Ford Mustang GT (2002)
Ford Mustang GT (2002)
SEE ALSO: Ford Buyer's Guide
by John Heilig
SPECIFICATIONS MODEL: Ford Mustang GT Bullitt Edition ENGINE: 4.6-liter V8 HORSEPOWER/TORQUE: 260 hp @ 5,250 rpm/302 lb-ft @ 4,000 rpm TRANSMISSION: Five-speed manual WHEELBASE: 101.3 in. LENGTH x WIDTH x HEIGHT: 183.2 x 73.1 x 53.1 in. STICKER PRICE: $24,190 (base)
We took the Mustang GT Bullitt Edition (Bullitt for the Steve McQueen movie where he takes a Mustang and bashes it around the streets of San Francisco) to our company's remote location. The ride up there was 30 or so miles on the turnpike, not an exciting ride in any car but less so in a performance machine that's more at home on winding roads.
It was also a bad venue for the Mustang GT because of excessive road and engine noise. When I'm on an Interstate I prefer quiet riding, with as little outside interference as possible. In defense of the Mustang, though, this is a noisy road surface anyway, and it takes a super-quiet sedan to keep that noise outside the passenger compartment.
On the way back, though, we have a nice stretch of highway, maybe five to ten miles, where the road surface is excellent and it isn't straight for more than 100 yards at a time (sort of like my golf game). It's also a low-traveled road, so we can have some fun exercising a good machine.
Well, I have to admit, even five miles on a great road in a responsive car on a beautiful fall day is worth it. I would have preferred a stretch of a hundred miles or so (I remember Route 100 in Vermont was once that kind of road), but I'll take what I can.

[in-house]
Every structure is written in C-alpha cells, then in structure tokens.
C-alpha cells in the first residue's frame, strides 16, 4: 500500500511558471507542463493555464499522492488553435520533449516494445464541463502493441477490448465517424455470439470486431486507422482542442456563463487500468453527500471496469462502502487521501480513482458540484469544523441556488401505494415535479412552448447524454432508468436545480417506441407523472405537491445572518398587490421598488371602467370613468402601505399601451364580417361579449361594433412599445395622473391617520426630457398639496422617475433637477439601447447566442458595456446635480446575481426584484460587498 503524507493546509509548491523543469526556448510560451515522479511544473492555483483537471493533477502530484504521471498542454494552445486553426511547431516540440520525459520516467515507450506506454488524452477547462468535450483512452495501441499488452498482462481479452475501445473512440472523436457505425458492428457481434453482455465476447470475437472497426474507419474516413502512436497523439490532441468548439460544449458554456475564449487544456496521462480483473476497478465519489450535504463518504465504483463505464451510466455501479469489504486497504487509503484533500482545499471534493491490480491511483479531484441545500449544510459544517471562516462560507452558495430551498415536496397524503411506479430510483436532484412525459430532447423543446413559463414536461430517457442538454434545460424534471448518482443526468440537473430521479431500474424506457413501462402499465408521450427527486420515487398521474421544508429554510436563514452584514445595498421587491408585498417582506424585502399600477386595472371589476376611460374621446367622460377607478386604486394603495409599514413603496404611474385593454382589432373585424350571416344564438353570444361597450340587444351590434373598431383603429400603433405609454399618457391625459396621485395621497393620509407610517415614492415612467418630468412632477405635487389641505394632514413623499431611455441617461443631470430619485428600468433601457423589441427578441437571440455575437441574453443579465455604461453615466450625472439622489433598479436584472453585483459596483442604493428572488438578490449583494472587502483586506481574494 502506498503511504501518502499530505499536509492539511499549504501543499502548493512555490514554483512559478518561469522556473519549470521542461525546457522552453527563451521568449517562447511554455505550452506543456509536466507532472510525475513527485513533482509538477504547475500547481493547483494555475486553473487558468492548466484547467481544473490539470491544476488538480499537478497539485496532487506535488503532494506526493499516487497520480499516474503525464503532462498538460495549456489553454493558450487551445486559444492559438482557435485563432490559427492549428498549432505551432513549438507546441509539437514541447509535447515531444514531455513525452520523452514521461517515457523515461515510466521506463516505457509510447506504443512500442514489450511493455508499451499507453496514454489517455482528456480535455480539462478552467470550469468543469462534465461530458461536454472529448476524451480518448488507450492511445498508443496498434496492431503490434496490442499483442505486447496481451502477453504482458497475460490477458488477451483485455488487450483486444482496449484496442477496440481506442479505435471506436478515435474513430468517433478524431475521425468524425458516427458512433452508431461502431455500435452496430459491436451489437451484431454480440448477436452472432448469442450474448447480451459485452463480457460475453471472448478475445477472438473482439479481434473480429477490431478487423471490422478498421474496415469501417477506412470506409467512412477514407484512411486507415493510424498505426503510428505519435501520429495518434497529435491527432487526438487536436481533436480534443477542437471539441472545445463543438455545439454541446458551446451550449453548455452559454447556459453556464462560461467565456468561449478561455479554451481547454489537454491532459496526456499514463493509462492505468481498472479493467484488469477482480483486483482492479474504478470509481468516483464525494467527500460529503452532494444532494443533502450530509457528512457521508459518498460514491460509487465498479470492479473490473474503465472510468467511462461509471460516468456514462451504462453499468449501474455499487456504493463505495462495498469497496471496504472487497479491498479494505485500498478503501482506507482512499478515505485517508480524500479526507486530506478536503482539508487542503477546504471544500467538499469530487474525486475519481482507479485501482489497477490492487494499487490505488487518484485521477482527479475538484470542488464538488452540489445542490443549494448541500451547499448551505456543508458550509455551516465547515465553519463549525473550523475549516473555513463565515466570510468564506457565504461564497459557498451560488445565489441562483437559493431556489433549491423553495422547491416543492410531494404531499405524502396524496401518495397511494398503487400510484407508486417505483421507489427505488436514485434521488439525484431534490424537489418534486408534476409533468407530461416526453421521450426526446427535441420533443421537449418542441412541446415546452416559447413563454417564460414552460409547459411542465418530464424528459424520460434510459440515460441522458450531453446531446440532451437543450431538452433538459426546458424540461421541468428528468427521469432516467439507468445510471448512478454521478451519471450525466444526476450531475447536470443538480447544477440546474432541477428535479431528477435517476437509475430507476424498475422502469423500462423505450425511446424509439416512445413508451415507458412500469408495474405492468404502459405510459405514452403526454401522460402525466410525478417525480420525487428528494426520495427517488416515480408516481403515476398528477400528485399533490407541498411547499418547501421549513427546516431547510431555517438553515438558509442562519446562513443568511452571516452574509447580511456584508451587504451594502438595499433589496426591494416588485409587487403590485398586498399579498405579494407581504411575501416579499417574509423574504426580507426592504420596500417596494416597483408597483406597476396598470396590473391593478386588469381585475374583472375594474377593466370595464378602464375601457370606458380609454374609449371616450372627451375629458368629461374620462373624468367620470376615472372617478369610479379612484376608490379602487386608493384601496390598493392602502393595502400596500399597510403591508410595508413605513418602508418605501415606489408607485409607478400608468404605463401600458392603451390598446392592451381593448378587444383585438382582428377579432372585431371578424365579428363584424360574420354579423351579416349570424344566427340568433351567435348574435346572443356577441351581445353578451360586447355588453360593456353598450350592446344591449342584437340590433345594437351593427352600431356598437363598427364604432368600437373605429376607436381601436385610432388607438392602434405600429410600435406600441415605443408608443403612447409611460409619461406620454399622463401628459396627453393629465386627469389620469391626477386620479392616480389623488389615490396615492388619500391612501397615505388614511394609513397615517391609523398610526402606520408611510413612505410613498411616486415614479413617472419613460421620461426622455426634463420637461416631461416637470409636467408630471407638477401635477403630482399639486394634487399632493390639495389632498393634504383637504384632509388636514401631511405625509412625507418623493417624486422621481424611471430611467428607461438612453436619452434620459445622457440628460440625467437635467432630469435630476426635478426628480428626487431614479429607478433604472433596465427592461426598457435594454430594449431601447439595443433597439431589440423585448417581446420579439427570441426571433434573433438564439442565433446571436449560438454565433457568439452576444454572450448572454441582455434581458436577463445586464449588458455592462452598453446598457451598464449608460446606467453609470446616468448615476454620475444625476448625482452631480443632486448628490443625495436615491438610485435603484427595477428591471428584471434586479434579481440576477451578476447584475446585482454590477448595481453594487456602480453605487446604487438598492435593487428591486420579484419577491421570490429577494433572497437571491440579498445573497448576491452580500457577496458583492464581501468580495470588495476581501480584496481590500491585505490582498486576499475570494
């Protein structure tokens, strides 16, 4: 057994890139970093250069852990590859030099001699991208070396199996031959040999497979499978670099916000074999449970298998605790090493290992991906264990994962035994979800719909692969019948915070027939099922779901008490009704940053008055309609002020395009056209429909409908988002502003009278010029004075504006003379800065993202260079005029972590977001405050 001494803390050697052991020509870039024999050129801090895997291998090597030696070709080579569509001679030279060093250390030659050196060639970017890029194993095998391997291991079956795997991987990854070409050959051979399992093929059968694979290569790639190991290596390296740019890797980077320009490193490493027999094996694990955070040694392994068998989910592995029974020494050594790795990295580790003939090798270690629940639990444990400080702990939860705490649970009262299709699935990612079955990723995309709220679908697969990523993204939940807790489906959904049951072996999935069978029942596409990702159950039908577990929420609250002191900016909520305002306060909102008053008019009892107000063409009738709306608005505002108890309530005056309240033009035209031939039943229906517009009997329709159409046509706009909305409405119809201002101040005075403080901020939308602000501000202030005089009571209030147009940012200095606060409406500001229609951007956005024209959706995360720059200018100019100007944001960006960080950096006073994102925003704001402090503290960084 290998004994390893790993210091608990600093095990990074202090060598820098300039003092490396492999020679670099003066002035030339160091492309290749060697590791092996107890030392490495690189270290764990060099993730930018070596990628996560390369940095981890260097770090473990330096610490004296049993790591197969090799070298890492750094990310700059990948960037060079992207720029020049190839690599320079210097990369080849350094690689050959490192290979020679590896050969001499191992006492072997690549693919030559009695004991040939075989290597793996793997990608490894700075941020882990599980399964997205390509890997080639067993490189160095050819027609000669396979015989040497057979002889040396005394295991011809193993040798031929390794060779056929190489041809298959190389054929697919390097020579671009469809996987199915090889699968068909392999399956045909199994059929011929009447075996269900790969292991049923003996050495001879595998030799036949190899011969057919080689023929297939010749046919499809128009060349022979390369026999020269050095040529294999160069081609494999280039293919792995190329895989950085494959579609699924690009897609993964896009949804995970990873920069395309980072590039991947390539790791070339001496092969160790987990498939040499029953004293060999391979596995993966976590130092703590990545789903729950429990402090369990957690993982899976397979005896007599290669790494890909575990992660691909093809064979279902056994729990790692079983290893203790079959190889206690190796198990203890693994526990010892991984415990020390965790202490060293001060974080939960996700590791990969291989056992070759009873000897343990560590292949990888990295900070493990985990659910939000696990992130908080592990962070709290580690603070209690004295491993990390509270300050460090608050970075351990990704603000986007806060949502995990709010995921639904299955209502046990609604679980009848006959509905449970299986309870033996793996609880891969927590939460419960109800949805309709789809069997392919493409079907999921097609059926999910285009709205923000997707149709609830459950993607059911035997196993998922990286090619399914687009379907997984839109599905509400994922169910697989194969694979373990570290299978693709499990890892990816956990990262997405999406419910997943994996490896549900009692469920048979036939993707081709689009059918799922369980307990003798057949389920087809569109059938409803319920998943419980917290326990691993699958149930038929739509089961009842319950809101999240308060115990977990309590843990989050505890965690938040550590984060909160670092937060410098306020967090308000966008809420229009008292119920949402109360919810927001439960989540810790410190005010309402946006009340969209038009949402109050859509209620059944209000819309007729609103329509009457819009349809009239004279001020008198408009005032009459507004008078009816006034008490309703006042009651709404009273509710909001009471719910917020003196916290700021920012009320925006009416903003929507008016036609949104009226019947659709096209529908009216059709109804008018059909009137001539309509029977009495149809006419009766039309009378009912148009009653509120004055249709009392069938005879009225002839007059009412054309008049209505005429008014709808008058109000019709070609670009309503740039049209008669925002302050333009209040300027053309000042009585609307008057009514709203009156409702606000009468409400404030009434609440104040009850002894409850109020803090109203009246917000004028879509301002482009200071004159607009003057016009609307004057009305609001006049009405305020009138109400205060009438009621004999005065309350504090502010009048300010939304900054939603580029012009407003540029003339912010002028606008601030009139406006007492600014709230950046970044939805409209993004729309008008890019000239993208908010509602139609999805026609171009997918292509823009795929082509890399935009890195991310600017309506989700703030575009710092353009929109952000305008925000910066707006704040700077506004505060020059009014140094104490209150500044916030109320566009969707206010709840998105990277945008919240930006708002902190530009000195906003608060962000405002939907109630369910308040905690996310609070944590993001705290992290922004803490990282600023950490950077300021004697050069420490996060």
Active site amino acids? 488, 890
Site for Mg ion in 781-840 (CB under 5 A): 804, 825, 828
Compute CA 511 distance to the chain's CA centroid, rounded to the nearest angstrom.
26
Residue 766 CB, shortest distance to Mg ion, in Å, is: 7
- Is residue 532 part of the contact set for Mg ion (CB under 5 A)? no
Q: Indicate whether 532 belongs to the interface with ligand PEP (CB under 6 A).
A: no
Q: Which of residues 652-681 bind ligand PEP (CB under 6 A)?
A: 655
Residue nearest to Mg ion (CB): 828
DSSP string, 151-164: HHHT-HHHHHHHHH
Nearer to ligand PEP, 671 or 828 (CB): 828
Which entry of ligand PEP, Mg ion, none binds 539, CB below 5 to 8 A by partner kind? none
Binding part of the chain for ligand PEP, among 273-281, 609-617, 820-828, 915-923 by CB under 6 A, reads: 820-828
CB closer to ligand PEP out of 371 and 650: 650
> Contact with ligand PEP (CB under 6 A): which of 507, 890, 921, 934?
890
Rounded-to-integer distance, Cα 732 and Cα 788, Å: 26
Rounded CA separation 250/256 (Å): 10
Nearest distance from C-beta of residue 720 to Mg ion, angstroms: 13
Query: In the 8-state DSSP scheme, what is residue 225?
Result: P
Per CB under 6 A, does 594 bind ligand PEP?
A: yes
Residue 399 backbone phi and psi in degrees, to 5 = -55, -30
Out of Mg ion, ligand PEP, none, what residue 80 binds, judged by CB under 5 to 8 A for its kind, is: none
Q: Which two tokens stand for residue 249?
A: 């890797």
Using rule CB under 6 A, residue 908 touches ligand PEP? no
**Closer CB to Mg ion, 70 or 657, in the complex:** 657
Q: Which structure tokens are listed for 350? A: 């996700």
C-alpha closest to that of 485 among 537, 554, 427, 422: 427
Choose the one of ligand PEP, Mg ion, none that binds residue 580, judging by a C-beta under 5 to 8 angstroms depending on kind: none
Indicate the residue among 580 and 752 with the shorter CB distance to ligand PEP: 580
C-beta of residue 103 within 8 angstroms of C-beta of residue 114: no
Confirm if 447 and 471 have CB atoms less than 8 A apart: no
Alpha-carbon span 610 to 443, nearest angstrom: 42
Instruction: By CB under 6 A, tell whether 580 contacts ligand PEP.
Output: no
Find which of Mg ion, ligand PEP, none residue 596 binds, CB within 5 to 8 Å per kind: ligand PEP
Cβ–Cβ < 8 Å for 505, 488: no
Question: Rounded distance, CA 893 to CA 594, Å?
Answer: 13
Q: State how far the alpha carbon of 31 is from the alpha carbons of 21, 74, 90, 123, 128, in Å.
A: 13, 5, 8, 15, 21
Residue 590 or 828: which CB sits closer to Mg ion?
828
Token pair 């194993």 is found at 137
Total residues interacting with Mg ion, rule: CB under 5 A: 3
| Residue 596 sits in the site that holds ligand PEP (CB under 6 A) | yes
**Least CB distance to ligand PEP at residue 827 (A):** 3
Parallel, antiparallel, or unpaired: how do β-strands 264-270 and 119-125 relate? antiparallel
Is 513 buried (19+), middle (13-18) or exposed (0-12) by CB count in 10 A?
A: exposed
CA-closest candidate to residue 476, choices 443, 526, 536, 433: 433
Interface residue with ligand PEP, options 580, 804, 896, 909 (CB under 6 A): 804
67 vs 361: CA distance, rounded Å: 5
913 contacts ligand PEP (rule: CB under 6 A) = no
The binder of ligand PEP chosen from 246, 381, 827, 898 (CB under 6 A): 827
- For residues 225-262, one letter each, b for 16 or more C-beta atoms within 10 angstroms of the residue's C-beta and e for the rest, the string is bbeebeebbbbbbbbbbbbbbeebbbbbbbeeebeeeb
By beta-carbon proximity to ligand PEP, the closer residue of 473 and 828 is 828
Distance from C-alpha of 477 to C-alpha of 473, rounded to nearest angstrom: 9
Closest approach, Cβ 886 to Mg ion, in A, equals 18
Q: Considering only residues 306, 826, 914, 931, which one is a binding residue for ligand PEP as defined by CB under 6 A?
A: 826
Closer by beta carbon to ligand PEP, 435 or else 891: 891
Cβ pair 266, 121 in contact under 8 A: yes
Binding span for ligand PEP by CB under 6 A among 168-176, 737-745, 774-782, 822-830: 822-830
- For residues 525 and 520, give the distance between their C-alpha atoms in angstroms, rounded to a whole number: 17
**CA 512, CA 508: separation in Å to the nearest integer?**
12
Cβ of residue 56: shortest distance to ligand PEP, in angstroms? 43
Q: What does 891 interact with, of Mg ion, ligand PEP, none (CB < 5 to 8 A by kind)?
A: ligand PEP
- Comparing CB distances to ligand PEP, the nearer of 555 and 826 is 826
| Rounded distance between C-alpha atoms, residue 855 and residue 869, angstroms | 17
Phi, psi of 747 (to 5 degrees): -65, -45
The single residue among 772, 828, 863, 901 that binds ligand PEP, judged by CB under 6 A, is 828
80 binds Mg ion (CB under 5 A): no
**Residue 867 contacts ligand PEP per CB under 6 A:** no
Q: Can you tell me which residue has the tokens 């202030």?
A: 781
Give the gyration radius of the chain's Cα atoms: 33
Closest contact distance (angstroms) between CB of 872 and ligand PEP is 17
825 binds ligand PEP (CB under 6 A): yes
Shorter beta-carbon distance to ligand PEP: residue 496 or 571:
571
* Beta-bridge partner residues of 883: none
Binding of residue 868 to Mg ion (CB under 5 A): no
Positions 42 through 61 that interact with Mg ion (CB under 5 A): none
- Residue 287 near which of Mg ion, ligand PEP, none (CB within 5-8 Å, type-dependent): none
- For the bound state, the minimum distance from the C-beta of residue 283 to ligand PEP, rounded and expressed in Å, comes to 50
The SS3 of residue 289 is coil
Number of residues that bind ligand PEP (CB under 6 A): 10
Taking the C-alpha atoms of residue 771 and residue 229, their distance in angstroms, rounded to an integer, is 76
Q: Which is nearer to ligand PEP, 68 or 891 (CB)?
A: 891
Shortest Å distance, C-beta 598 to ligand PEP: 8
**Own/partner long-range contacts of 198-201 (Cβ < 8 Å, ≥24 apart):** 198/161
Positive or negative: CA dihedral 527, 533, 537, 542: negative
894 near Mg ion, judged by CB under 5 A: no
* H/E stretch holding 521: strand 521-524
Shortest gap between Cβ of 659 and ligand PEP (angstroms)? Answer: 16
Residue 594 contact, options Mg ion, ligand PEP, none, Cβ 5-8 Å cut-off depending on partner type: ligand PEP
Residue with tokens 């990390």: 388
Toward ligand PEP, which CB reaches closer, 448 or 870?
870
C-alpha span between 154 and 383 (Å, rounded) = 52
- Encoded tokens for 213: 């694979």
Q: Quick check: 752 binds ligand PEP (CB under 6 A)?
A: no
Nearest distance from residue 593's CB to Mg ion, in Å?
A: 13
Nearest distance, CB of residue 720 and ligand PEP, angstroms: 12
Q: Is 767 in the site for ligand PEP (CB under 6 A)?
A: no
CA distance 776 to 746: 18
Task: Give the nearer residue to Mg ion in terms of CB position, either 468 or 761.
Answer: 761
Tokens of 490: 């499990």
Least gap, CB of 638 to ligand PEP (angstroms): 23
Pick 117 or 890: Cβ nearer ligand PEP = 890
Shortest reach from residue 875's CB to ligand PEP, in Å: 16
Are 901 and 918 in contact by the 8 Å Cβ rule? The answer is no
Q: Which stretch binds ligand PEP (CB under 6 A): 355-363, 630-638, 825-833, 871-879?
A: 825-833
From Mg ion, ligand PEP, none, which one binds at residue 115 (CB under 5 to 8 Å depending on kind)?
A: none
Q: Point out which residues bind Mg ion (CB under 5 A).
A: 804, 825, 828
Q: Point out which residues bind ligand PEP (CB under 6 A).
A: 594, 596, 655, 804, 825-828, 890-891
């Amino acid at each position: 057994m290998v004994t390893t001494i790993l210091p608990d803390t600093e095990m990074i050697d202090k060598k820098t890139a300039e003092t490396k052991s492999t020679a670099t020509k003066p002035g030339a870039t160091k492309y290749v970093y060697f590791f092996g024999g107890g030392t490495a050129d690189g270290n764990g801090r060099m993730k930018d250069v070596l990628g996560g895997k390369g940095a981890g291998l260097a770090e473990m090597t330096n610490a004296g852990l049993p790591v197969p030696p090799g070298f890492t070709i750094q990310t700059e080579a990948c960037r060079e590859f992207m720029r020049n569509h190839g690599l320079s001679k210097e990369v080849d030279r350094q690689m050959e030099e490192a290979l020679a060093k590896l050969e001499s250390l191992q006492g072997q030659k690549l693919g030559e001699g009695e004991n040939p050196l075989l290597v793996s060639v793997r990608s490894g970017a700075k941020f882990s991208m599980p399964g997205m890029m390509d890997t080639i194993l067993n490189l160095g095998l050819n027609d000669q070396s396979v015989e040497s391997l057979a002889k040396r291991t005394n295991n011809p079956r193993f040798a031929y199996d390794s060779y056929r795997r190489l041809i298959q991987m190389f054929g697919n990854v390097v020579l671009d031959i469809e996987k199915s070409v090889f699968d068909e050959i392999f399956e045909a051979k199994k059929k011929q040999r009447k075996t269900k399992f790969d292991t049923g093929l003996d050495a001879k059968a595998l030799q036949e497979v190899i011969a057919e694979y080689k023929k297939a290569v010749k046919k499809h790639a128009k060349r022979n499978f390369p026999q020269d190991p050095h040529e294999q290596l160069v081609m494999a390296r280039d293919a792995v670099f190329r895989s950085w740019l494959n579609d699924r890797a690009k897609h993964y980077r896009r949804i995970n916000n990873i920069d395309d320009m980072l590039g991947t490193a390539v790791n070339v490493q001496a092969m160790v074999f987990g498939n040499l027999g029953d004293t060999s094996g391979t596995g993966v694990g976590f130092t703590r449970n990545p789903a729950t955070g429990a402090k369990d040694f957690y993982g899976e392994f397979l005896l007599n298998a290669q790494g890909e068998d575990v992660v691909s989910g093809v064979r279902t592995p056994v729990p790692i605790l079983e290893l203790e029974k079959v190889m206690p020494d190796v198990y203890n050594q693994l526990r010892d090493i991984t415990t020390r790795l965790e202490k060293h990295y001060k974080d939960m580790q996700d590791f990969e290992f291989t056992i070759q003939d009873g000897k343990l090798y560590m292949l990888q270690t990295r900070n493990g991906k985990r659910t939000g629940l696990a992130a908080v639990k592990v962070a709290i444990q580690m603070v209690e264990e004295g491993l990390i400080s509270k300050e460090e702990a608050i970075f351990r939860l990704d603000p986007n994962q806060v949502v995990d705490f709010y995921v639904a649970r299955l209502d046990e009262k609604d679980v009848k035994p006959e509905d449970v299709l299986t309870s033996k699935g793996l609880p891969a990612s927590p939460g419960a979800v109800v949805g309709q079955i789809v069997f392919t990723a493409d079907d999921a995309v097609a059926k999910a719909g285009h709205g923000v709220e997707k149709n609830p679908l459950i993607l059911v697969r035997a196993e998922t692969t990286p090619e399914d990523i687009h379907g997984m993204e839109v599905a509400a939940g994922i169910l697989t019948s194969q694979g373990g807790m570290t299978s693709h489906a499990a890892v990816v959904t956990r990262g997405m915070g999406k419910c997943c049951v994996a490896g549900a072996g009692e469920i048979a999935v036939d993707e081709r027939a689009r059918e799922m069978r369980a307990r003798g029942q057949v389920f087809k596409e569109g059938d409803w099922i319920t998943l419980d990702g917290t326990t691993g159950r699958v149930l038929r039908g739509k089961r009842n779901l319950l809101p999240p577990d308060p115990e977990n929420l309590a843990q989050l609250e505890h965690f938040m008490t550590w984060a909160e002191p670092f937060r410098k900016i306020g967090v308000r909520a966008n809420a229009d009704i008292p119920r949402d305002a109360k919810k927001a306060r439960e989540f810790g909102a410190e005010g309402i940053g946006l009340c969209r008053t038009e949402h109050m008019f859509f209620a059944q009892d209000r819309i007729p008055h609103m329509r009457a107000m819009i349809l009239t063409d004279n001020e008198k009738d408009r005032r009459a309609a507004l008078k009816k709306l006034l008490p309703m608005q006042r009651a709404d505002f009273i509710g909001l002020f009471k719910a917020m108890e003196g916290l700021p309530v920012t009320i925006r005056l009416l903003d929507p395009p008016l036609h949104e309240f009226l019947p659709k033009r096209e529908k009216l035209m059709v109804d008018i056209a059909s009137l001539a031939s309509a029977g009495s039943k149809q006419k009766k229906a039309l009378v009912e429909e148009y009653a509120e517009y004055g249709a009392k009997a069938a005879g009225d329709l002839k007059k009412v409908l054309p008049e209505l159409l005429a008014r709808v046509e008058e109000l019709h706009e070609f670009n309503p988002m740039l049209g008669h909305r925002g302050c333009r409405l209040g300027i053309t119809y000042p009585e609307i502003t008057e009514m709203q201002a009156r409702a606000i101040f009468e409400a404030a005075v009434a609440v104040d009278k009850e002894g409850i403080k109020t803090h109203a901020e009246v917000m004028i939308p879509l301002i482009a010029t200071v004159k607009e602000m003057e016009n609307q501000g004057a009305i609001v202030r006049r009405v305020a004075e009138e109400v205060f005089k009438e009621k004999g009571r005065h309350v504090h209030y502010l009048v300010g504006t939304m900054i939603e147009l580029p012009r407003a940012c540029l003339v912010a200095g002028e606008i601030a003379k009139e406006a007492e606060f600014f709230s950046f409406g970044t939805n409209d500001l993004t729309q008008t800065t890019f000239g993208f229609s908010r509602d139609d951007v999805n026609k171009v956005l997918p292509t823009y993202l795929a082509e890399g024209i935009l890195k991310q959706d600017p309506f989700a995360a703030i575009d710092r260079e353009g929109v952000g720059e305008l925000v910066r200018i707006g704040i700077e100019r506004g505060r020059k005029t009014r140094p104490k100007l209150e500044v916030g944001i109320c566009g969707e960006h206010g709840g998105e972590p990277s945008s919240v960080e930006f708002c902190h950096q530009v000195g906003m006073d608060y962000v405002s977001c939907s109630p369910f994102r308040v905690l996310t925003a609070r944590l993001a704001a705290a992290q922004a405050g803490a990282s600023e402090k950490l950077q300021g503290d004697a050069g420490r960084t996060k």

Not that I exceeded the speed limit, although I'm certain I did. It was more a feeling of being in complete control of a responsive machine that made the ride perfect. I felt that I could handle any curve (there aren't any nasty hairpins on this stretch of road) easily, and that if there was a need to go at a higher rate of speed (say if I was taking a woman in labor to the hospital), I could attain that speed SAFELY. Catch the key word in that previous sentence.
Under the hood of the Mustang GT is a 4.6-liter V8 engine that develops 260 horsepower. It drives the rear wheels through a notchy five-speed manual transmission. I called the transmission notchy because you get the feeling that the linkages are precise and that you'd better make right-angle turns between the gears or you aren't going to hit the proper one. It was sort of like driving a Ferrari with a gated five-speed, but without the physical gates to lead the lever to the gears.
The exhaust note was throaty. While the teenagers in the neighborhood liked it, I would have preferred something that was quieter during normal operation and growled only when you tromped n the accelerator.
The Mustang stopped through the use of power-assisted disc brakes front and rear with ABS. Just walking up to the Mustang and peeking at the discs through the chrome wheels inspired confidence. Maybe it was the little red mustangs painted on the calipers that helped.
Front passengers sat in individual bucket seats that offered excellent side support. Good side support is important in a vehicle that likes to be driven hard, because if you're constantly sliding around in the seat, you can't enjoy the ride. And let's face it, cars like the Mustang are fun cars. They aren't the kind of car you'd pack the kids in with a ton of luggage and tromp off to Grandma's house. While the trunk did hold a couple of golf bags, it was on the smallish side, less than 10 cubic feet.
When you sit in the driver's seat and look out over the hood, you're staring at the back end of a functional hood scoop. That's another fun thing about the Mustang GT -- it looks impressive.
The steering wheel is fat and leather-covered. Grabbing it gives the driver a good feeling about being in control.
And I guess that's the overriding feeling about the Mustang GT -- control. Here is a car that can easily tempt you to get out of control by driving too fast or recklessly. But it also has the equipment to help you maintain control, with good brakes, responsive steering and a firm suspension that can get you out of most corners you may enter at too high a rate of speed.